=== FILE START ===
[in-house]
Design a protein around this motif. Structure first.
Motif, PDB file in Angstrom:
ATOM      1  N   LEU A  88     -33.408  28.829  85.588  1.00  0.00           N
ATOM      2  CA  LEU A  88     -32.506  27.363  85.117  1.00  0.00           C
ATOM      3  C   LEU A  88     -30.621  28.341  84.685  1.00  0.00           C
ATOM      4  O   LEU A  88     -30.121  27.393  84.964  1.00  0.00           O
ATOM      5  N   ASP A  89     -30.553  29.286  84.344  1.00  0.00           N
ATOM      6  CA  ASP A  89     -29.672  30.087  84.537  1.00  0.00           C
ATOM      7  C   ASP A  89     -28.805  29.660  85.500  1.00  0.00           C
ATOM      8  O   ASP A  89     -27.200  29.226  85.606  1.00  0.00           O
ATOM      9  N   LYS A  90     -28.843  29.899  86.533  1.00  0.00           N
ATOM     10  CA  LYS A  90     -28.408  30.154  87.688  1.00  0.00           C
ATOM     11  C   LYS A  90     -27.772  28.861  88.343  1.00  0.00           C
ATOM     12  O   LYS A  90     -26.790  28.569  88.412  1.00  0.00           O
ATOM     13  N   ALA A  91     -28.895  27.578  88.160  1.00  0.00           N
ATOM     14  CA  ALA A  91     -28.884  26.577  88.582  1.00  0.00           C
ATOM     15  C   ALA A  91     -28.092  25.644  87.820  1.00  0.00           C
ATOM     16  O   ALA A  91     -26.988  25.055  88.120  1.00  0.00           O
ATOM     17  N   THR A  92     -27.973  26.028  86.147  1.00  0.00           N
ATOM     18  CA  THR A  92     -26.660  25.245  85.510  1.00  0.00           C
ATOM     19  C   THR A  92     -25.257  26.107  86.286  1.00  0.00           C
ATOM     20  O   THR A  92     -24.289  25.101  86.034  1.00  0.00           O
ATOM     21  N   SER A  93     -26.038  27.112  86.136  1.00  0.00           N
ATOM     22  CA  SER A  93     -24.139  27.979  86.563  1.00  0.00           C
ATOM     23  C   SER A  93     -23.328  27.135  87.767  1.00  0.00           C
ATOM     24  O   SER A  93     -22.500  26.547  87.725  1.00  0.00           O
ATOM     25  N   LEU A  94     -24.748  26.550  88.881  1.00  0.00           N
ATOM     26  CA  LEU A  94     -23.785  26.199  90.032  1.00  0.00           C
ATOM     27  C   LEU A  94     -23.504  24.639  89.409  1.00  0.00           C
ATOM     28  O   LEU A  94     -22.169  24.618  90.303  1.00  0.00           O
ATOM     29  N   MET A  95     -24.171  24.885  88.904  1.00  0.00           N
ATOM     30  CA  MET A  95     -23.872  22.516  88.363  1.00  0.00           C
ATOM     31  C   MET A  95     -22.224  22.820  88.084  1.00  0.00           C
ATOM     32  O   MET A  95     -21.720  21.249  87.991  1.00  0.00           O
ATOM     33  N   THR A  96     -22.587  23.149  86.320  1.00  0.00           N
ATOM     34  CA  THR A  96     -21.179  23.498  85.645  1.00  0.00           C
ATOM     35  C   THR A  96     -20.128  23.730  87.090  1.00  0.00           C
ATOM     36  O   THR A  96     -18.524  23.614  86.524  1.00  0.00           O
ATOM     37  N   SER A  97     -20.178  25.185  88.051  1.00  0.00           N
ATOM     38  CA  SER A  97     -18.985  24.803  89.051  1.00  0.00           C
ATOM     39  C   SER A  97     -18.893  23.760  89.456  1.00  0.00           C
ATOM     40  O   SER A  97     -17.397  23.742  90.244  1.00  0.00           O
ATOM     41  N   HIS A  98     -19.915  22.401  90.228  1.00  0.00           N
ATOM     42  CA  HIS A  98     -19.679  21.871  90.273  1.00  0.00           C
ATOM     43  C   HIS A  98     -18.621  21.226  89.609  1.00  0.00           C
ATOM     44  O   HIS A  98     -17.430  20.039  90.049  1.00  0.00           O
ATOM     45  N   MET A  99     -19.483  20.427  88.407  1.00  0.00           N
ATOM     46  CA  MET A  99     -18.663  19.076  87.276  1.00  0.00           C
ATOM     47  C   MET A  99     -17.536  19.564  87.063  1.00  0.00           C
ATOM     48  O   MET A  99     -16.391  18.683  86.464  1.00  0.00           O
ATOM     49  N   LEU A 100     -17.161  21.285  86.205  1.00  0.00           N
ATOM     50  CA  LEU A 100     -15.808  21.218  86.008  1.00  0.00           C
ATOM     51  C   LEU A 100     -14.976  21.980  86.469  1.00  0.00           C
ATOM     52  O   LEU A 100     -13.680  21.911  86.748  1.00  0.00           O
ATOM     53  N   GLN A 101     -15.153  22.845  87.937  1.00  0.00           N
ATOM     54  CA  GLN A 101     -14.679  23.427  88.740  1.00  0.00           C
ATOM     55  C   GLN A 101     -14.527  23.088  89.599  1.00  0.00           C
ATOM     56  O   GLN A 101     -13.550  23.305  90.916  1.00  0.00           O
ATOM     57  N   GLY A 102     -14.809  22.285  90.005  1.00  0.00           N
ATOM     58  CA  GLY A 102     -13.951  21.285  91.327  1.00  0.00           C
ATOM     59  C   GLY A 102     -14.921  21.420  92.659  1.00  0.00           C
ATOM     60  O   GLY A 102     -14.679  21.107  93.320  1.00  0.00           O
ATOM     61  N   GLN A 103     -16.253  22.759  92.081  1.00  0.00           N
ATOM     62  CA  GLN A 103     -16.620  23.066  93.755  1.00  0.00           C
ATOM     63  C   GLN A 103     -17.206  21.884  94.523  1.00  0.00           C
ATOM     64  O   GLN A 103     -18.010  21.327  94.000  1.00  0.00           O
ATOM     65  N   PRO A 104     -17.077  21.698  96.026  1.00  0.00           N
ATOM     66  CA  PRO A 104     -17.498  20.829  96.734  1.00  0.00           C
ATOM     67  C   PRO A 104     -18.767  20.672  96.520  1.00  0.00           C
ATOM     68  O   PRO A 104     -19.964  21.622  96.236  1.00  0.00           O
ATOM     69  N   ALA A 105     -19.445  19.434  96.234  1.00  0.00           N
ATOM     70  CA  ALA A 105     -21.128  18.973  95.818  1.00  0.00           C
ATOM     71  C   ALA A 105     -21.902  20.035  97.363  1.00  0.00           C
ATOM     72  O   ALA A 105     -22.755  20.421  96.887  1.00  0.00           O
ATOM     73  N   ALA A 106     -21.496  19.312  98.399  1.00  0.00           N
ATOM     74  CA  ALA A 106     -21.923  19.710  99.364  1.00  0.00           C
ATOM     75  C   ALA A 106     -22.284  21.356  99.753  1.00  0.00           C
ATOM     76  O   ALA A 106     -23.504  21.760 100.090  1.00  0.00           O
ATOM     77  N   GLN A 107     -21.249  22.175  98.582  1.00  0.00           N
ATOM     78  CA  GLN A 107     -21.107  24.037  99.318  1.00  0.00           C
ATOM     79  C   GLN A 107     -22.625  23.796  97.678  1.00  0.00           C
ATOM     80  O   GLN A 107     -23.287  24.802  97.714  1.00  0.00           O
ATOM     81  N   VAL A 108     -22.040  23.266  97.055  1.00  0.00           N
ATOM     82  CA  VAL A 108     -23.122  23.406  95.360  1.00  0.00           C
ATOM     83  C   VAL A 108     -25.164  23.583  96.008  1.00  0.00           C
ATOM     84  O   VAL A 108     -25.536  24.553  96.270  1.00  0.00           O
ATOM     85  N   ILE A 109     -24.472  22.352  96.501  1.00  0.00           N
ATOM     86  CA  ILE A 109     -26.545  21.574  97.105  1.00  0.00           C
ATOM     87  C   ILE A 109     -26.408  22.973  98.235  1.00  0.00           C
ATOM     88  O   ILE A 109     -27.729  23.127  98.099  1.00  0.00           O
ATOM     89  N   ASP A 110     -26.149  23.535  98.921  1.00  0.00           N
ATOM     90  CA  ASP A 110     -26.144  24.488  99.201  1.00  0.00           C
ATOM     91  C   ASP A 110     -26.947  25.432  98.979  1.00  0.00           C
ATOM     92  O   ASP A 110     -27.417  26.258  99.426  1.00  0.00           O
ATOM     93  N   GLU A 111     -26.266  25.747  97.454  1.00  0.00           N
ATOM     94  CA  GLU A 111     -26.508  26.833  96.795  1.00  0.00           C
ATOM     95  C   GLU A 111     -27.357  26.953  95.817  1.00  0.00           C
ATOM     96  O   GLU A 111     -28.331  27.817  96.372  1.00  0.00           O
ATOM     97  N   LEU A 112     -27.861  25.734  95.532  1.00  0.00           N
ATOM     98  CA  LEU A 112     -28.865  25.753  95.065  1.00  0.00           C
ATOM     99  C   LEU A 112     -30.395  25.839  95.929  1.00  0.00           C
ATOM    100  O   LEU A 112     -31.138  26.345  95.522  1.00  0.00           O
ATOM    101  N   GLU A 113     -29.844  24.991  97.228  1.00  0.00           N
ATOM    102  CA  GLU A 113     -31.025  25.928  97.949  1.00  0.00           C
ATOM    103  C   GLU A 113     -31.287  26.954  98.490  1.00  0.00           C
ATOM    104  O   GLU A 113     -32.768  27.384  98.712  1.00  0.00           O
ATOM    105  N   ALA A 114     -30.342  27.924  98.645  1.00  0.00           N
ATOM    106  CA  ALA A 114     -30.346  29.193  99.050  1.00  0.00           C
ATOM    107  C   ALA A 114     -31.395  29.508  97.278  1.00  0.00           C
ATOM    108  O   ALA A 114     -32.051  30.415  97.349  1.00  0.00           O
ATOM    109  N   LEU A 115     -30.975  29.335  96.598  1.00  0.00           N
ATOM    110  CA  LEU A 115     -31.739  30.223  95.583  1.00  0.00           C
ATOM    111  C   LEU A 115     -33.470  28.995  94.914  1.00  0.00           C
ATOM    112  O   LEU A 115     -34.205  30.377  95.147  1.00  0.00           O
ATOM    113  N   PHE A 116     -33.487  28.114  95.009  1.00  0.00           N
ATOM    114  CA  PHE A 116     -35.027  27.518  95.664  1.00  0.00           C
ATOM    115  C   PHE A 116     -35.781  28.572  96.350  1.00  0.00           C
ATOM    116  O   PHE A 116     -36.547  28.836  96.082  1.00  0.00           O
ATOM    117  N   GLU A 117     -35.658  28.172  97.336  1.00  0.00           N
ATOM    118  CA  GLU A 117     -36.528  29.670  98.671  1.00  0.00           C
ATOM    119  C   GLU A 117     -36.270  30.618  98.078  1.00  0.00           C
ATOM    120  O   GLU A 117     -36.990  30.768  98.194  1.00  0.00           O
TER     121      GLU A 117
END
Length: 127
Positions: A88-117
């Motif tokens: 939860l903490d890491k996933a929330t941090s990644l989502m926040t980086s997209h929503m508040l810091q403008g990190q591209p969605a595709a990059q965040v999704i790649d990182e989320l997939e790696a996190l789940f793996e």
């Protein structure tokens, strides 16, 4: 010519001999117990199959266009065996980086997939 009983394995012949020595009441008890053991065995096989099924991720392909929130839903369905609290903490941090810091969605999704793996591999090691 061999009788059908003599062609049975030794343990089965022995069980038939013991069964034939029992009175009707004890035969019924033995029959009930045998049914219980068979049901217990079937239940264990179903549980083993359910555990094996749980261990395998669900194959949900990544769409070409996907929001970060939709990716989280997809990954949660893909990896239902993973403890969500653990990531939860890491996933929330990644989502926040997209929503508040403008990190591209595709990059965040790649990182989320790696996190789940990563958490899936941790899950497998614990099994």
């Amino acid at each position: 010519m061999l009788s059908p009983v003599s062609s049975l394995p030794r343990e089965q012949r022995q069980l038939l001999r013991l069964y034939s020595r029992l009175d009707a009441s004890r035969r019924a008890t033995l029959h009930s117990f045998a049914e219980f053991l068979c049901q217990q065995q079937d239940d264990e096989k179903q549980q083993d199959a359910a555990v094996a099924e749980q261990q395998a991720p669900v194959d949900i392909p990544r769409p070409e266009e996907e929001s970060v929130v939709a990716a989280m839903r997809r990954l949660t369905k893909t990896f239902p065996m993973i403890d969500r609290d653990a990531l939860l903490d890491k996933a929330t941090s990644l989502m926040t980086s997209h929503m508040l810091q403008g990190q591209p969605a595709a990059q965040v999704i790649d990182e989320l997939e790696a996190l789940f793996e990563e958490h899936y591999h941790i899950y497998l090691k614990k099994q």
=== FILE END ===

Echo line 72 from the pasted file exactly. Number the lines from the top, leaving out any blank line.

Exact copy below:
ATOM     69  N   ALA A 105     -19.445  19.434  96.234  1.00  0.00           N